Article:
Emergency medical responder (EMR)/Scene/patient assessment

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Both the scene and patient assessment must be done before approaching the patient. The purpose of this assessment is to gather as much information about the scene and patient(s) as possible and insure the EMR’s safety.

Scene assessment[edit | edit source]

  1. Time. Upon arriving on scene an EMR must first note the time of arrival. This will prove vital in assessing the patients progression.
  2. Body substance isolation (BSI). An EMR must determine what BSI will be required and apply it, prior to exiting the ambulance.
  3. Hazards. Determine what hazards are present on the scene before approaching the scene. If the scene is outside and visible from the ambulance, asses prior to exiting the ambulance.
  4. Number of patients. Note the number of patients.
  5. Method of injury or illness (MOI). Try to determine the MOI before becoming engrossed in a single patient. This will help to understand what is wrong with the patient.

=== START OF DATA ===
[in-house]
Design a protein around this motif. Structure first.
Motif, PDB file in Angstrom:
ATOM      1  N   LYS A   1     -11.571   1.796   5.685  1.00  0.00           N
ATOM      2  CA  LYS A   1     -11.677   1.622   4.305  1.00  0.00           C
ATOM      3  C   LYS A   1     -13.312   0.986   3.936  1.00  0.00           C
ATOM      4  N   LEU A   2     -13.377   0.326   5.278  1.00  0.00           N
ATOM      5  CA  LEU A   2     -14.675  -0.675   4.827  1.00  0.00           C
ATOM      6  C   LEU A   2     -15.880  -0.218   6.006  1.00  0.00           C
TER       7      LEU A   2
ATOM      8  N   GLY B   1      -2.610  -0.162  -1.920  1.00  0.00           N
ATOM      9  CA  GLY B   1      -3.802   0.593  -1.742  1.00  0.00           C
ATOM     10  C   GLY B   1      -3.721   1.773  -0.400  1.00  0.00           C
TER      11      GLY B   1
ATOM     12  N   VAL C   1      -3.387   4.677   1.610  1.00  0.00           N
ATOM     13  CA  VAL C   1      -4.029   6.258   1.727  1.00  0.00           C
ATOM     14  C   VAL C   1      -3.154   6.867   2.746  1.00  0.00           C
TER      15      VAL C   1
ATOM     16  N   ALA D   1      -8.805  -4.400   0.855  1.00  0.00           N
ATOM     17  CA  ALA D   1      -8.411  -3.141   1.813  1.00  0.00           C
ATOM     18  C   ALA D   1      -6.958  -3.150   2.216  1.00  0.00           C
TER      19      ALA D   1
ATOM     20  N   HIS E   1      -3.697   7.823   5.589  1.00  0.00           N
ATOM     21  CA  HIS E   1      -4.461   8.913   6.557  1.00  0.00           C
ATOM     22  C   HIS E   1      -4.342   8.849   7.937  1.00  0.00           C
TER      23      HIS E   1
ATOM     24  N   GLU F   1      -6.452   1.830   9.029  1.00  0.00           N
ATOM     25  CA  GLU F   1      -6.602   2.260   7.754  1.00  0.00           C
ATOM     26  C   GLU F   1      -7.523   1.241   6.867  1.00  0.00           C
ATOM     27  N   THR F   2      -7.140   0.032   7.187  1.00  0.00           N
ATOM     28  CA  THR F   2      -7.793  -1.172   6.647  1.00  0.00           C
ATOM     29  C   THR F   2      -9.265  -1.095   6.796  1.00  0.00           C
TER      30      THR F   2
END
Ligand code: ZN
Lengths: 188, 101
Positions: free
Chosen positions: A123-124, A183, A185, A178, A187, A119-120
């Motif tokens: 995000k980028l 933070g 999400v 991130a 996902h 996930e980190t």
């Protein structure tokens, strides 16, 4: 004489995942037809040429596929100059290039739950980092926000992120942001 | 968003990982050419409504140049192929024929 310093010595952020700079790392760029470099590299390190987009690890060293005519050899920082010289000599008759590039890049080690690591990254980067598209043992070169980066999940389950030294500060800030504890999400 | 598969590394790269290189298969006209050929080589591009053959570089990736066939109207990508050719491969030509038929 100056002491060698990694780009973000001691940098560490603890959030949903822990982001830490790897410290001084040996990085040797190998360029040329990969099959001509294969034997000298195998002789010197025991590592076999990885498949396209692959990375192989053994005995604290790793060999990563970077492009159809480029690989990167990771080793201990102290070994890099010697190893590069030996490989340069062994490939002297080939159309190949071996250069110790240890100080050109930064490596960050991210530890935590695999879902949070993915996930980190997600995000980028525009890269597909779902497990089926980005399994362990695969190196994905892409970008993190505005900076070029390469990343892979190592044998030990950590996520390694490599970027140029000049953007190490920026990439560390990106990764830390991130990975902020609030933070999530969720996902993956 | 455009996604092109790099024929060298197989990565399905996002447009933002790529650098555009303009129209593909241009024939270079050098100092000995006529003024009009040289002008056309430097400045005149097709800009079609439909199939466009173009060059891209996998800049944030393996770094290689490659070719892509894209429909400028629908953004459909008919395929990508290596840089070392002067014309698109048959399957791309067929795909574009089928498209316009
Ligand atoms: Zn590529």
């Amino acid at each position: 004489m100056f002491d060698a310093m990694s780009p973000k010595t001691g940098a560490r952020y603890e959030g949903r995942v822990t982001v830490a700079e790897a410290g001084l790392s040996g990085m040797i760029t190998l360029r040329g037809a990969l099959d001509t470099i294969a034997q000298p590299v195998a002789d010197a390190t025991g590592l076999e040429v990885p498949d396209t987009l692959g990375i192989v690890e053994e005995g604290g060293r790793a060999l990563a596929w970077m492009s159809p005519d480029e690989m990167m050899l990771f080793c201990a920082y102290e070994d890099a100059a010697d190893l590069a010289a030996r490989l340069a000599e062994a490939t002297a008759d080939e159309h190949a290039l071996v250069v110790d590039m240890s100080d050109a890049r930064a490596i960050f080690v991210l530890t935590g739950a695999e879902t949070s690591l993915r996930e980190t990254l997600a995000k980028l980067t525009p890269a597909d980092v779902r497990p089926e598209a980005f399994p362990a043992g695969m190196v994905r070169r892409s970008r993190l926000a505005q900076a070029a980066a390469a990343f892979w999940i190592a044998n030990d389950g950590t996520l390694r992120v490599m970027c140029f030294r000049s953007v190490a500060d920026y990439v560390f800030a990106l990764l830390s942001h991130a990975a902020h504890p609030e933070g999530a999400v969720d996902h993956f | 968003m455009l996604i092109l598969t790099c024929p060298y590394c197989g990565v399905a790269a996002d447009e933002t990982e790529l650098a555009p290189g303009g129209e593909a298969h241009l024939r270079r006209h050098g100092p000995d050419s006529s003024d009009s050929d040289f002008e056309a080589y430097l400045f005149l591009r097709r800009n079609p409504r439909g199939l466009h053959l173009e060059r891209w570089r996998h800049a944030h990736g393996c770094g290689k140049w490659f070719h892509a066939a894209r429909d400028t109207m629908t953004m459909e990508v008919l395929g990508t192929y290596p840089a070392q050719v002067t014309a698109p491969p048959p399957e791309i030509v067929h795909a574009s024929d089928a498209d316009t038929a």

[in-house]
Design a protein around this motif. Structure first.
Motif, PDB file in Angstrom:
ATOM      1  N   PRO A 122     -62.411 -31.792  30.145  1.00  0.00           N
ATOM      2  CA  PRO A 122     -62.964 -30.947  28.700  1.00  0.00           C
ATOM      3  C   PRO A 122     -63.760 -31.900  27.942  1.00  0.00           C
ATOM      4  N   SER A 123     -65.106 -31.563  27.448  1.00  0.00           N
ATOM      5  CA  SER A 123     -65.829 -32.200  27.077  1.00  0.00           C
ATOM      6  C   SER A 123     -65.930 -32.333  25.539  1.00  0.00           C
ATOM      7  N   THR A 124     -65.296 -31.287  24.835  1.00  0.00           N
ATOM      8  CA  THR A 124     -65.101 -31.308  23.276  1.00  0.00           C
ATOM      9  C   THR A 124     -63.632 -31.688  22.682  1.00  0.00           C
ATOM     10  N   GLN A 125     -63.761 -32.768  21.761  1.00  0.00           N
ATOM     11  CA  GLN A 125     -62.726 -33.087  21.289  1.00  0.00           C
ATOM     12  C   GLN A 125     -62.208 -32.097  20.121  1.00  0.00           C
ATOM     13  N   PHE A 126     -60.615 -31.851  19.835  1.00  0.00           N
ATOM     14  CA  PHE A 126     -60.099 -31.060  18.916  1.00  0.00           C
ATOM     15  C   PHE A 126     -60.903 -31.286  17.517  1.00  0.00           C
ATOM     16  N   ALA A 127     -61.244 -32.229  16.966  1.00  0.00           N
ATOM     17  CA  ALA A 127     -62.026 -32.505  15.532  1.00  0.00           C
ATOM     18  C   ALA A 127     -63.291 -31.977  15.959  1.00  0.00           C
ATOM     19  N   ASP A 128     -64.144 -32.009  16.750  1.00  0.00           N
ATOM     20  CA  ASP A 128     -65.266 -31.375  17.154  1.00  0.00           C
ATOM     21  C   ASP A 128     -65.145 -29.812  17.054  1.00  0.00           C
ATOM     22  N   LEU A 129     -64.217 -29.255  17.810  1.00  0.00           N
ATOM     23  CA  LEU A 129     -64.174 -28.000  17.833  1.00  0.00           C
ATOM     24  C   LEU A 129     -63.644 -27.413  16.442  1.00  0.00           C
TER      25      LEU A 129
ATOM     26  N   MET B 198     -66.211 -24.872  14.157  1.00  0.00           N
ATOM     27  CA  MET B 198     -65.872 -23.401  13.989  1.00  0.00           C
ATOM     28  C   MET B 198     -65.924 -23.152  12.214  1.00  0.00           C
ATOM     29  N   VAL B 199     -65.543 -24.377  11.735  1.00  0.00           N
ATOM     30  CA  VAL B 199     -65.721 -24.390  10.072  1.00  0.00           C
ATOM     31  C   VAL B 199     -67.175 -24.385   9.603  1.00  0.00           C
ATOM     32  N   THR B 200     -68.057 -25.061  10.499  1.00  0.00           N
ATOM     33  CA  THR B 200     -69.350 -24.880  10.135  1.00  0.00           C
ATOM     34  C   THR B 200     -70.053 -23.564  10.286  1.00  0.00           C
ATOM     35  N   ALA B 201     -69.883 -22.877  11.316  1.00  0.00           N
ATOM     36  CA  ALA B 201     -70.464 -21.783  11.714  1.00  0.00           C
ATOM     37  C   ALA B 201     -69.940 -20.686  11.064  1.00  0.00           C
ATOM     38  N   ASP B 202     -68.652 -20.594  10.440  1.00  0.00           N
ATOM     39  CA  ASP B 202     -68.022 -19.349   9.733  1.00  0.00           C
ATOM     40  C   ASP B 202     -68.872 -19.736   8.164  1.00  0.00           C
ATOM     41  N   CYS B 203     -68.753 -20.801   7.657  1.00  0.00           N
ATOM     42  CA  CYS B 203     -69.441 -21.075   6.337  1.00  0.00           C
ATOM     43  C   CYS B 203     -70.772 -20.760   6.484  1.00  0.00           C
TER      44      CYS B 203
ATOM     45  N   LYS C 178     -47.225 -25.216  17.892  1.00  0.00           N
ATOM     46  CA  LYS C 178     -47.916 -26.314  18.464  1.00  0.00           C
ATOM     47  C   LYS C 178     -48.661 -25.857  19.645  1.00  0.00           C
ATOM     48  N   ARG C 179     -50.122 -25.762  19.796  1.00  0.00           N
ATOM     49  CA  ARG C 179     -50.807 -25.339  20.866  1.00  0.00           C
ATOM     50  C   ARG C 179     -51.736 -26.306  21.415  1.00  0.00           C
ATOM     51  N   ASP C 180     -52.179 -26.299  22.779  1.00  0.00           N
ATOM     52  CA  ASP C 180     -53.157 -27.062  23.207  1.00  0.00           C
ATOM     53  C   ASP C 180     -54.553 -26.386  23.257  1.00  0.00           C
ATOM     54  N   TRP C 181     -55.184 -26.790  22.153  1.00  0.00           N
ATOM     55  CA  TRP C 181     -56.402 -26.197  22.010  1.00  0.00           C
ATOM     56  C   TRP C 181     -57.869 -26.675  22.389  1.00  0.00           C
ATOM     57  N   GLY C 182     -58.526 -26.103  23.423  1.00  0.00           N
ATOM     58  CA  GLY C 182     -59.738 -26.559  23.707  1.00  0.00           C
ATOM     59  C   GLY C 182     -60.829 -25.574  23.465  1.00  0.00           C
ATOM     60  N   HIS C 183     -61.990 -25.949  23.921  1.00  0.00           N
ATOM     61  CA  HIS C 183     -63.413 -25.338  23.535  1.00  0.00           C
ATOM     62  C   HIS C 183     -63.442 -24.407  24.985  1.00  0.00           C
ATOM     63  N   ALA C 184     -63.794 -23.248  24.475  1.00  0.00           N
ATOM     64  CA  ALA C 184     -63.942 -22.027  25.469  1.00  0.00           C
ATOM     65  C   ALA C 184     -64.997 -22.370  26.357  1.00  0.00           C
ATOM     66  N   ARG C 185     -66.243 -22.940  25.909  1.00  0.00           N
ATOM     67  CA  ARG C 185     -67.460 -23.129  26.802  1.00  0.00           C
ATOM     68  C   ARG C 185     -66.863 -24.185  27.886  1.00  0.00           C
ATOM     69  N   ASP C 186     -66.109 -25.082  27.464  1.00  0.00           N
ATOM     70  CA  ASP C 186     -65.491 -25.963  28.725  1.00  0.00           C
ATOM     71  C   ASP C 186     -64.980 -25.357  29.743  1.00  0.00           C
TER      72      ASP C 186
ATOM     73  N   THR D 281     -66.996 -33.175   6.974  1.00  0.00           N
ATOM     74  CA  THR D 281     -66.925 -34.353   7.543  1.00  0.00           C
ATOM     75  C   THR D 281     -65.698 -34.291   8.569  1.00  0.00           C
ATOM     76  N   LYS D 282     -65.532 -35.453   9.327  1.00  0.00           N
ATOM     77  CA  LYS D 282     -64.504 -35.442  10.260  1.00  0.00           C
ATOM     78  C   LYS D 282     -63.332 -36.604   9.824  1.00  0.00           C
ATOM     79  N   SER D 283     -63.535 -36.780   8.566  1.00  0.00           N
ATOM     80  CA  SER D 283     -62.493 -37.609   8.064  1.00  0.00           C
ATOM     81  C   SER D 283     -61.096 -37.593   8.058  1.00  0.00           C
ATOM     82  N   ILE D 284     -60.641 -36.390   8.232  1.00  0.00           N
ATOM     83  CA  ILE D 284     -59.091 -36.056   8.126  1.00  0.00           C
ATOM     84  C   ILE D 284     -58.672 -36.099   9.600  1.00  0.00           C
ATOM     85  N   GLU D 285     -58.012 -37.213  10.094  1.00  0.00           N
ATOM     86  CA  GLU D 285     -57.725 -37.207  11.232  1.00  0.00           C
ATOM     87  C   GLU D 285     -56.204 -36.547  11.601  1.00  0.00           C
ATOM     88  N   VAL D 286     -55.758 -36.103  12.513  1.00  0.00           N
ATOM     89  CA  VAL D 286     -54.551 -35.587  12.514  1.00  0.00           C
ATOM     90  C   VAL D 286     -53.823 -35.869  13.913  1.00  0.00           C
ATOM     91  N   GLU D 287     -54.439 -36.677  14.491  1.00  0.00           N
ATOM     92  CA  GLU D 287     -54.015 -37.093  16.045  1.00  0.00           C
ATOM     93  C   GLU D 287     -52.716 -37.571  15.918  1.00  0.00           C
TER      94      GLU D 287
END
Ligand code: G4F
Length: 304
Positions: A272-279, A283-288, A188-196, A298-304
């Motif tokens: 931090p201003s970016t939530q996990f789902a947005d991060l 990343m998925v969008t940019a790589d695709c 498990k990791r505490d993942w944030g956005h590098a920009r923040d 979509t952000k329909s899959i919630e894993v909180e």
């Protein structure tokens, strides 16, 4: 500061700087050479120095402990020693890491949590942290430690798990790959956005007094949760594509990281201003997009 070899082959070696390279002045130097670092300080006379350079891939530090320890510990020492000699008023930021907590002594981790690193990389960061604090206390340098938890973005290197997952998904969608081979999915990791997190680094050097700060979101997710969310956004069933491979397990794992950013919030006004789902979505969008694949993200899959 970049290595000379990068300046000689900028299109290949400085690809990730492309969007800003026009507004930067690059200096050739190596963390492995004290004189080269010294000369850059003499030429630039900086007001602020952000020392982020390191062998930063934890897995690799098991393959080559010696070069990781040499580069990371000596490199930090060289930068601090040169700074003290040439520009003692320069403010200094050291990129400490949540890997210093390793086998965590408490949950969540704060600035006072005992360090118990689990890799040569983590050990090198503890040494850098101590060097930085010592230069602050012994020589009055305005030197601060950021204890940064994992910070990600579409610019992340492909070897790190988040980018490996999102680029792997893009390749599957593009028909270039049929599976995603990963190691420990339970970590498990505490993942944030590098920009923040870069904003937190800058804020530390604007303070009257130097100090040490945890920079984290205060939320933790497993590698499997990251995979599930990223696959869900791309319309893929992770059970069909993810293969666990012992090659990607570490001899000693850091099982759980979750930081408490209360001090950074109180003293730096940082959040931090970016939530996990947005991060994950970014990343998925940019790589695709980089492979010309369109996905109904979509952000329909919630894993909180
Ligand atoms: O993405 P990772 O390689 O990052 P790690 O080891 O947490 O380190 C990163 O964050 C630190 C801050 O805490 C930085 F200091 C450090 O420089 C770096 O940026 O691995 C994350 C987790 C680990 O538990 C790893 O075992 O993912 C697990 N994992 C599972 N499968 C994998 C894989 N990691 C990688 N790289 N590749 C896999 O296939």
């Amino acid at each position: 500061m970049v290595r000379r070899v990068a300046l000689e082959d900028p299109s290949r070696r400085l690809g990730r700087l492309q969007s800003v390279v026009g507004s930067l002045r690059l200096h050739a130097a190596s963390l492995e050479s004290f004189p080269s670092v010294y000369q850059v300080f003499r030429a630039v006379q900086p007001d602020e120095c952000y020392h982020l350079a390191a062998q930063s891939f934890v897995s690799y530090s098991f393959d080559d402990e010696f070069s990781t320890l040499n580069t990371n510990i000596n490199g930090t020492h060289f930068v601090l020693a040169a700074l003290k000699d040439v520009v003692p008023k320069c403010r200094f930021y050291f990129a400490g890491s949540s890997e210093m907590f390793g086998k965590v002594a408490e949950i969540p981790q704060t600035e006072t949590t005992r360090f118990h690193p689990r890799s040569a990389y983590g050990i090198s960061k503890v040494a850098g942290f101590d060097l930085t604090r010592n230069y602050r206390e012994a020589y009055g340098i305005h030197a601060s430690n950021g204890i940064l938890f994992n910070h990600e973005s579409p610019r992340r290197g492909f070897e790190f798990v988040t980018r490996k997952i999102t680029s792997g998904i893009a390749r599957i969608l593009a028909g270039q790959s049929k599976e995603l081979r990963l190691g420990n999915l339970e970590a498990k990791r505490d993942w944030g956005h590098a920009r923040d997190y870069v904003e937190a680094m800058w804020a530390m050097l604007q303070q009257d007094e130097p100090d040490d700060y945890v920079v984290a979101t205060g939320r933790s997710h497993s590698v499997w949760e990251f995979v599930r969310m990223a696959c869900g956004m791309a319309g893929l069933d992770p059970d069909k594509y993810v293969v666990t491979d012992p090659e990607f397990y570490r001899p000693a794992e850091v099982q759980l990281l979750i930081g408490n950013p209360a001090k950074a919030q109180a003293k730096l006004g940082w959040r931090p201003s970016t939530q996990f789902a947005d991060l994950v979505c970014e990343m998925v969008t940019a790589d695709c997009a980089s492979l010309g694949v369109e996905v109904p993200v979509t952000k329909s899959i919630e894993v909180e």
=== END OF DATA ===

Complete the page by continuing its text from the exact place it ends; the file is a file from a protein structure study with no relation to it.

6. Bystanders. Take note of any bystanders and try to determine their demeanor. Could they provide important information? Could they become violent? Have they already started first aid?
  7. Call for backup. After performing all of the above, the EMR should now know what backup is required if any. Police for crowd control? Fire fighters for vehicle extraction? More ambulances?

Patient assessment[edit | edit source]

  1. Skin condition. As an EMR approaches a patient, the EMR should note the skin condition. This is a strong and immediate indicator of the patients condition.
  2. Patient positioning. Note the position of the patient. Is the patient sitting up comfortably? Is the patient hunched over as if struggling to breath? Is the patient lying in an unnatural position?
  3. Level of distress. Determine how the patient is handling the situation. Is the patient calm? Does the patient seem panicked?
  4. Tracking. Is the patient tracking the EMR? Does the patient seem aware of his/her surrounding.
  5. Angulated fractures. Note if the patient has any unnatural angulations, which would indicate a fracture.
  6. Pooling of fluids. Is there any blood or other fluids pooling around the patient?

Emergency Medicine